Report Suggests Personalized Medicine Will Play Increasingly Prominent Role in Improving Efficiency, Effectiveness of Health Care
WASHINGTON (Feb. 13, 2019)
In a development that demonstrates the emergence of a new set of tools and therapies designed to help health systems improve patient care and make better use of scarce resources by targeting treatments to only those patients who will benefit from them, the Personalized Medicine Coalition (PMC) today released a report documenting that more than one of every three therapies the U.S. Food and Drug Administration (FDA) has approved in the last two years includes information on its label that identifies patients who are most likely to realize outsized benefits or experience fewer side effects from the treatment.
Personalized Medicine at FDA: A Progress & Outlook Report suggests that U.S. policymakers could help address rising health care costs by putting policies in place that encourage personalized medicine, which is defined by the use of diagnostic tests to inform which medical treatments will work best for each patient.
The report notes that personalized medicines have accounted for more than 20 percent of FDA approvals for the last five years and set a record in 2018 by topping 40 percent of approvals. The report credits policies recently advanced by FDA for fostering a favorable environment for innovation that has accelerated this trend toward personalized medicine. But as the report also notes, some emerging public policies still assume that providers and payers will continue to make decisions based on data from population averages, instead of embracing personalized medicine.
The Trump administration's recent decision to encourage commercial insurers administering Medicare benefits through the Medicare Advantage program to implement "step therapy" policies that require patients to try cheaper treatments before gaining access to more expensive options under Medicare Part B, for example, ignores the documented trend toward therapies that have information in their labels about the populations they will likely benefit. The report notes that by the time a patient who will likely respond to a personalized therapy first completes a less expensive, one-size-fits-all course of treatment for a disease like cancer, the disease may have progressed so far that the personalized treatment can no longer help.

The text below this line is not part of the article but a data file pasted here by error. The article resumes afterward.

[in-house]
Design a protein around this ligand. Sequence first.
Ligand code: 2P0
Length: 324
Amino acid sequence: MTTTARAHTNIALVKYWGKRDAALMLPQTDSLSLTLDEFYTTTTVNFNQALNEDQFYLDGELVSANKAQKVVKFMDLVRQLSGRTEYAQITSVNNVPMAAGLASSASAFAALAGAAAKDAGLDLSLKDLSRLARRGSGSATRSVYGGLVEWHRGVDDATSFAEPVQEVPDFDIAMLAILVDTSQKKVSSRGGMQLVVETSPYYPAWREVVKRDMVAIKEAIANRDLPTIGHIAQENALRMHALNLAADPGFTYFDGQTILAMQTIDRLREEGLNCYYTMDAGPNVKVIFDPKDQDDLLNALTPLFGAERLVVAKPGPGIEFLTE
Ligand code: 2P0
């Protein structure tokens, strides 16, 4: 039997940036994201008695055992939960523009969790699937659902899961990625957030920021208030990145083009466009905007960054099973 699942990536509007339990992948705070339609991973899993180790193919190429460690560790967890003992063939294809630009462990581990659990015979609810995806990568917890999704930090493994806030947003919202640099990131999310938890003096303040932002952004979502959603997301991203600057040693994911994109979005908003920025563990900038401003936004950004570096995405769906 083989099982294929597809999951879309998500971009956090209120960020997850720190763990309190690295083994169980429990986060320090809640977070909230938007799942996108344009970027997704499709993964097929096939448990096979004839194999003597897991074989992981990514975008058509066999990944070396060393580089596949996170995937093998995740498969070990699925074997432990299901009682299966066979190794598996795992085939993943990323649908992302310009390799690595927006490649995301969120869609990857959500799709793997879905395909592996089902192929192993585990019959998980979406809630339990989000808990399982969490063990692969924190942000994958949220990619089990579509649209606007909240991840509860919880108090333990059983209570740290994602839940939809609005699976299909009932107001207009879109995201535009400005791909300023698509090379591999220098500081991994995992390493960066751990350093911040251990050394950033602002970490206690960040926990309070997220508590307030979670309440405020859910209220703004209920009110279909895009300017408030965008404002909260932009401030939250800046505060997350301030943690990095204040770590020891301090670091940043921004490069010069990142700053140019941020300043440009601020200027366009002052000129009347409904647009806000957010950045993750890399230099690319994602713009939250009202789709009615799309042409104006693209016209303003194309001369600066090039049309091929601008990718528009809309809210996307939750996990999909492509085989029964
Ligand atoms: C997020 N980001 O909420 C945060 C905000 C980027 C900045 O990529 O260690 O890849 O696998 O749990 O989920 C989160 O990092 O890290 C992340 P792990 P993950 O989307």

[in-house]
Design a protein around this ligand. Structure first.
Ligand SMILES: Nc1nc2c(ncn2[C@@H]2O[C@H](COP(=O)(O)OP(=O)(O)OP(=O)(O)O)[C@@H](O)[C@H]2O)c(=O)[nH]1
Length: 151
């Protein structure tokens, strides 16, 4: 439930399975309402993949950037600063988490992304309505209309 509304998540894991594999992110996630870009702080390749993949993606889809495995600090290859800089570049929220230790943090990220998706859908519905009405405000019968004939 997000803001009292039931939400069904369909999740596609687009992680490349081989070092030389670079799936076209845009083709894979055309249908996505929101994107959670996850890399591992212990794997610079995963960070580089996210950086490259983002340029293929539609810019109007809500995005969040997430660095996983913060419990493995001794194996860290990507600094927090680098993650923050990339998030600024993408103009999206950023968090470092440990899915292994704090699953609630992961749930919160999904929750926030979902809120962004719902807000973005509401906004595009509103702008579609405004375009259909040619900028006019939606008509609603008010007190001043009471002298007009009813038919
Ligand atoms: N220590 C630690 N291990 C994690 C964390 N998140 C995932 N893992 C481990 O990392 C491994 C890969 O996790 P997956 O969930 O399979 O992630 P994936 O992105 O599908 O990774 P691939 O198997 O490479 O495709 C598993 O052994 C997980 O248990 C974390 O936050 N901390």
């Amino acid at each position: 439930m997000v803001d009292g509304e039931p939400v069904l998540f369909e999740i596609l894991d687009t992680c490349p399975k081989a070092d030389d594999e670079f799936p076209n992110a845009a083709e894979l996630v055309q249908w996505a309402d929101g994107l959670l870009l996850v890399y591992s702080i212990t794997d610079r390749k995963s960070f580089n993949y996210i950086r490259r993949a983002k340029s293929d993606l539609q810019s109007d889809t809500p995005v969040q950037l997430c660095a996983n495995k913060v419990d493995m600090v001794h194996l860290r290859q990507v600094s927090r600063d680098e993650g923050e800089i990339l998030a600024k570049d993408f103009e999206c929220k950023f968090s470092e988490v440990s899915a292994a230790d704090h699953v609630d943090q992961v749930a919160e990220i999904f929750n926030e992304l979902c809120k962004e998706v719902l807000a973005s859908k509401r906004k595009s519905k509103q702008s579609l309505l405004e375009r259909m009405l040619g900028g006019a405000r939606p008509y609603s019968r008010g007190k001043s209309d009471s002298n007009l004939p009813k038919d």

"Driving treatment decisions by cost considerations rather than determining what treatment would work best for an individual patient fundamentally conflicts with personalized medicine, and in many cases will increase downstream costs brought on by continued progression of disease and more adverse side effects," the report reads.
PMC President Edward Abrahams noted that "it falls on Congress, the Centers for Medicare and Medicaid Services (CMS), and FDA to continue implementing public policies that recognize the principles of the field, which are responsible for the burst of innovation that the report documents.”
Christopher J. Wells
About Personalized Medicine at FDA: A Progress & Outlook Report:
PMC's Personalized Medicine at FDA: A Progress & Outlook Report, which was developed under the direction of Senior Vice President for Science Policy Daryl Pritchard, Ph.D., summarizes the U.S. Food and Drug Administration (FDA)'s progress in 2018 in reviewing diagnostics and treatments that can guide personalized health care strategies. The report defines personalized medicines as "those therapeutic products for which the label includes reference to specific biological markers, identified by diagnostic tools, that help guide decisions and/or procedures for their use in individual patients."
About the Personalized Medicine Coalition:
The Personalized Medicine Coalition, representing innovators, scientists, patients, providers and payers, promotes the understanding and adoption of personalized medicine concepts, services and products to benefit patients and the health system. For more information about PMC, please visit www.personalizedmedicinecoalition.org.